Lauren del Valle, CNN
Updated: Fri, 07 Feb 2020 21:00:45 GMT
Harvey Weinstein's defense team called an experimental cognitive psychologist to testify about the unreliability of memories Friday.
Elizabeth Loftus, the second defense witness, told jurors that as time goes on, memories are more susceptible to being misremembered.
Post-event information and leading questions can influence an person's memory of an event, she said.
"It does not take a PhD to know that memory fades over time," Loftus said.
Extreme levels of stress and fright can impair the retention of memories, Loftus told jurors.
Loftus also acknowledged that when it comes to victims of traumatic events, they usually recall the core memory and core details for a long time.
Loftus said that while they typically remember the core information, it is common for these individuals to forget or misremember peripheral details around the traumatic event.
Witnesses also might produce more details about a situation that might not be accurate because they feel pressure to satisfy a need for information, and those contrived details can eventually feel like a memory, she said.
Loftus acknowledged during the cross-examination that she's read and watched media coverage about Weinstein's sexual assault case.
During direct examination, when asked if prescription drugs affect memory quality, Loftus responded that Valium is a prescription drug that can weaken a person's ability to retain a memory when it happens.
Loftus acknowledged during the cross-examination that she knew Valium played a role with some relevance in this case.
Manhattan Assistant District Attorney Joan Illuzzi, a prosecutor in the case, suggested that the doctor "customized" her testimony for the benefit of this case because of that answer.
Actress Annabella Sciorra testified that Harvey Weinstein once sent her a care package with Valium and she was dependent on the drug for a period of time in the 1990's.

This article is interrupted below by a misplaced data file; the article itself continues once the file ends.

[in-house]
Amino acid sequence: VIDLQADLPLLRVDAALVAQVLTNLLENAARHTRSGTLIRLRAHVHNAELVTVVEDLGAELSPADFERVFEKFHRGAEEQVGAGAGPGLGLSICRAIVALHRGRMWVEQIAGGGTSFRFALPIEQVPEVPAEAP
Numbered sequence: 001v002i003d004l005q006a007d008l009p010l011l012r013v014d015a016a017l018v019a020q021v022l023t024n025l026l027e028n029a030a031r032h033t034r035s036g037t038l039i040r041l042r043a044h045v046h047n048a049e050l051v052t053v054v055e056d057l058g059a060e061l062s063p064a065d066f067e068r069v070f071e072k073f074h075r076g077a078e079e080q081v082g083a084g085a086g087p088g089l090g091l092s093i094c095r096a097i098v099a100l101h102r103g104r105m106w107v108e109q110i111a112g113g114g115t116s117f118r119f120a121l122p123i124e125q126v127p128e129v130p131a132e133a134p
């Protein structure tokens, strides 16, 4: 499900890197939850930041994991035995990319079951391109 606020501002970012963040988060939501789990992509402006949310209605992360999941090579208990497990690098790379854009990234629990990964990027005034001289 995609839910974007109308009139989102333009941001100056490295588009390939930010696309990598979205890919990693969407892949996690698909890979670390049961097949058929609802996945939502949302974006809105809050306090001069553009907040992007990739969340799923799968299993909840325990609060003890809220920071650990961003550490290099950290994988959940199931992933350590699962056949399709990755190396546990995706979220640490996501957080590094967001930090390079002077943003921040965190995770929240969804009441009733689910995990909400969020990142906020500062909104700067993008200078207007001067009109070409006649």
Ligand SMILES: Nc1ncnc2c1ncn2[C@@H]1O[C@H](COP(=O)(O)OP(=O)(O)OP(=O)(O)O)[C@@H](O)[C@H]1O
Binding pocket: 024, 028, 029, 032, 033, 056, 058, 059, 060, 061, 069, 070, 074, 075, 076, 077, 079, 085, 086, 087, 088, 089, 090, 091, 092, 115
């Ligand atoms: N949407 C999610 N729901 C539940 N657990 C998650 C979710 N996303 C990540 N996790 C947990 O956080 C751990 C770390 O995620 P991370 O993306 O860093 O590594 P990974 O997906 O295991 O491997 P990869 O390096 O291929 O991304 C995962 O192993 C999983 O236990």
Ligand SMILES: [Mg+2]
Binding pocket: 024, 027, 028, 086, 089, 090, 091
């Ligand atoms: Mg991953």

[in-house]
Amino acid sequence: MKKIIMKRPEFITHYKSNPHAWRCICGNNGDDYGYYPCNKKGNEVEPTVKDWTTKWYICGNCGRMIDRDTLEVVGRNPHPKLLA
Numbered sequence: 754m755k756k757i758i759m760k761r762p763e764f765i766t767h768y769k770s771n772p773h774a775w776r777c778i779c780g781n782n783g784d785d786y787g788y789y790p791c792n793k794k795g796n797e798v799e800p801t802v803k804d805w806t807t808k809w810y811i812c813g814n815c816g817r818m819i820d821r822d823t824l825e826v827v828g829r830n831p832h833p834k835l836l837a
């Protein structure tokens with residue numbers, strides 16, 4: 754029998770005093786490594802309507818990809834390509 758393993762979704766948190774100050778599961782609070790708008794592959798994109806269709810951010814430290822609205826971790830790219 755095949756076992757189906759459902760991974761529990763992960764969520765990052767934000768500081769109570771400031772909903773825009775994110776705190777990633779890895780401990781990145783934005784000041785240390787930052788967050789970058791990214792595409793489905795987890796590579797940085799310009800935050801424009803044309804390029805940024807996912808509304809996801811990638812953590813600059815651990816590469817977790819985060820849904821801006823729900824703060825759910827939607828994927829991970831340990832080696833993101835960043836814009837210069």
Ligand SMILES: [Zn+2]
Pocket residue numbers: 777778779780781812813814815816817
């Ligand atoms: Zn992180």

Loftus testified that some studies have shown that an individual can recall information about an event they haven't thought about for a long time, when sparked by retrieval cues.
For all six women who have testified to sexual assault allegations against Weinstein in this case, timelines and inconsistent statements have been hot topics for defense questioning.
Loftus is an extensively published scientist of experimental studies pertaining to cognitive memory with several degrees.
A professor at the University of California Irvine, she is an experimental psychologist that does not treat patients but rather studies them or simulates behavior in situations, she said.
Loftus typically testifies and consults for defense cases and has only worked on a prosecution's case five or six times in her more than 40-year career, she said. Loftus told jurors, however, "The science does not change depending on who is asking the questions."
Prosecutors also called an expert psychologist as the second witness during their case. Dr. Barbara Ziv testified to dispel "rape myths" and speak to sexual assault victims' behavior.
Ziv was in court Friday and could be seen conversing with prosecutors during a break before Illuzzi's cross examination of Loftus.
Loftus was on the stand for less than two hours in total.
A forensic document examiner testified briefly about scribbled out, illegible entries in Miriam Haley's 2006 calendar that was an integral part of Haley's testimony.
The expert retained by the defense team testified to his findings that were previously entered during Haley's testimony.
After the jury was dismissed for the day, Weinstein attorney Arthur Aidala told the court that his team would present their most important defense witnesses Monday and asked Judge James Burke to be cognizant of his tone and body language toward witnesses, because the defense felt Burke "could have been at the very least a little nicer and kinder" to Loftus. Judge Burke disagreed with this assessment.
Court adjourned around noon Friday and will resume Monday morning.